2) I do love that Seth wasn’t stuck in an angst-fest for too long. He’s back in his trademark suit, spitting out monologues before kicking people’s butts. I missed that.

3) I also love the mention to Seth’s ex-wife, Vanessa (Adrienne Palicki.) She was one of my favorites last season, and for such a short-term character, I found her and her relationship with Seth so well-written. But seriously Seth? You don’t even ask about Vanessa? WTF? She’s spending 20 years in prison for you!

Unfortunately, the peace doesn’t last long: one of Nathan Blanchard’s men arrives. He wants revenge on Richie for killing his brother.

It’s far from a gripping cliffhanger, but this episode does feel more like part one of two, and next Tuesday can’t come any sooner!


Other Notes:

  • Not mentioned above: Sending love for Esai Morales. He’s so debonair and sinister as Malvado. Also, I found it hilarious how normal a Mesoamerican god could be during his business conversation on the phone.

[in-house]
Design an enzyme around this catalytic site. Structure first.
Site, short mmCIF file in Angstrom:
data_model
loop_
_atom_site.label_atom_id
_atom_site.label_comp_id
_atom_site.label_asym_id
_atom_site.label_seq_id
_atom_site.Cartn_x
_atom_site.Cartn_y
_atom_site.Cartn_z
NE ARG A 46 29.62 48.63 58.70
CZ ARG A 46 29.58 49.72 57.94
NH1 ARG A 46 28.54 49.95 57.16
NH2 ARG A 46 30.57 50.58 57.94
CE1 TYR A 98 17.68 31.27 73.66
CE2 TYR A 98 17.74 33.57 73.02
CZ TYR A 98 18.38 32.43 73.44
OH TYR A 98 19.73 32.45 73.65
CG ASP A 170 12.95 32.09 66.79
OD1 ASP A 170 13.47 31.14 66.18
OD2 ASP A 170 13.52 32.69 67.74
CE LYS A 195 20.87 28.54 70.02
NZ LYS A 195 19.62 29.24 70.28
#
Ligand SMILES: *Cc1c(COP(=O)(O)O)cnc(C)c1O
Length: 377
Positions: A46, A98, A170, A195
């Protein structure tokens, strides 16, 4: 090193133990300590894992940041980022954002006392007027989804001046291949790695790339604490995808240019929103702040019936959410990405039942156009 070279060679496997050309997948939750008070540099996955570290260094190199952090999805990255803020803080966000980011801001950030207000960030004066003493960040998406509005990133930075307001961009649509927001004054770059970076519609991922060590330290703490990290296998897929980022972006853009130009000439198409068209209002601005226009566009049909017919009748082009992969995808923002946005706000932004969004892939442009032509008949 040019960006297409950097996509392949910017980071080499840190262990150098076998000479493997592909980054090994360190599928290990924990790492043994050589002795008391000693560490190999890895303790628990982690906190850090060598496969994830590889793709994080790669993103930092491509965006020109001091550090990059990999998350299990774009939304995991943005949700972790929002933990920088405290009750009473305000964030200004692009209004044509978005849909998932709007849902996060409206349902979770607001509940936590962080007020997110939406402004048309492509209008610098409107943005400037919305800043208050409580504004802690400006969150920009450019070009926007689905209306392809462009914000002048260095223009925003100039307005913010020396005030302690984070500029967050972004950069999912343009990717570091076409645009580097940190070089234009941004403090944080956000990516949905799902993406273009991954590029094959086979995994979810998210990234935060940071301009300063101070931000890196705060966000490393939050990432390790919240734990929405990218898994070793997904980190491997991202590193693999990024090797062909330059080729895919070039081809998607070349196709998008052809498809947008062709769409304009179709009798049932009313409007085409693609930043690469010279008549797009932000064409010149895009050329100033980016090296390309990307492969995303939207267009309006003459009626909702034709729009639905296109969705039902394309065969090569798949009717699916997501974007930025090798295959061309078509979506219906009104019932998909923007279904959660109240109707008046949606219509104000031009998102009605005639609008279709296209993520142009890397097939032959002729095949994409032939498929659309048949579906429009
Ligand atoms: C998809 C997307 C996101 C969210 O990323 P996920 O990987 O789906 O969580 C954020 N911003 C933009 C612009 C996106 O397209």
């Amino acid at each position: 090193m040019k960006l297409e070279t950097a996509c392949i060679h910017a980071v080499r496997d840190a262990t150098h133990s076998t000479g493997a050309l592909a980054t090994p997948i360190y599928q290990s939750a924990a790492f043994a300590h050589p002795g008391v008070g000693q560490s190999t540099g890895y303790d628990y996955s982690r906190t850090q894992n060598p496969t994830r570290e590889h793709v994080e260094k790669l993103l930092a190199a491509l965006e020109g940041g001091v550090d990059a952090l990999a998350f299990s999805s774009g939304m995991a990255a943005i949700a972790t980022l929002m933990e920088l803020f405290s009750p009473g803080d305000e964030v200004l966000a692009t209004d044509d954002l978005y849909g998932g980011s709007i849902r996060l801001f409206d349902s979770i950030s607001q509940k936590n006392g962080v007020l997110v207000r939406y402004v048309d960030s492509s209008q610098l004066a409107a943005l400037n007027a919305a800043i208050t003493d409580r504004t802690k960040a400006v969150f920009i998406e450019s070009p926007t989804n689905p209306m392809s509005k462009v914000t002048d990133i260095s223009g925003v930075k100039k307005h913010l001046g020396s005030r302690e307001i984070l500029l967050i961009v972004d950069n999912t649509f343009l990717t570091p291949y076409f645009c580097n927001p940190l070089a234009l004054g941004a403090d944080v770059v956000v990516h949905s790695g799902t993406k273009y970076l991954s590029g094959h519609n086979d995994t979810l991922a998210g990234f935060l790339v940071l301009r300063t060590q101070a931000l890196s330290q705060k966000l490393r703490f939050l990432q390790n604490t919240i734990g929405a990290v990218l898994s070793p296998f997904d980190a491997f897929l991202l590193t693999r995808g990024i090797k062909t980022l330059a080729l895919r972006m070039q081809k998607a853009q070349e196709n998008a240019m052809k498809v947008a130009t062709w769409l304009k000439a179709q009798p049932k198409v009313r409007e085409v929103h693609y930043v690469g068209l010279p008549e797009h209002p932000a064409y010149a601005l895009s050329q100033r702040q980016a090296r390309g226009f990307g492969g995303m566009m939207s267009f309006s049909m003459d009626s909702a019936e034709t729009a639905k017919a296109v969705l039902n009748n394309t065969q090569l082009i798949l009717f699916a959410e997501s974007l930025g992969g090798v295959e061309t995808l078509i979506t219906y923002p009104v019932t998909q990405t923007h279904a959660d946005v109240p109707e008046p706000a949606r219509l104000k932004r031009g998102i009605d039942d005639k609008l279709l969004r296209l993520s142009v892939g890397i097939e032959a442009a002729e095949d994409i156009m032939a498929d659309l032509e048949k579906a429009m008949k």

• The scene between Esai and Wilmer clashing was A+. Amazing.
  • Apparently Mesoamerican gods use Apple computers.
  • The episode overall was quite “pec”-tacular. So much fanservice. All the abundance of shirtlessness is almost as bad as the Vampire Diaries. And no, that’s not a complaint. (Also cue me going to the gym.)
  • Kate and Scott: Someone please teach these kids how to bury a body because that grave was way too shallow.
  • “That’s not how you treat family.” Seriously, Jesse Garcia has some of the best cheesy lines this season.

Catch From Dusk Till Dawn Tuesdays 9pm EST/8pm CT on El Rey Network or Wednesdays on Netflix internationally.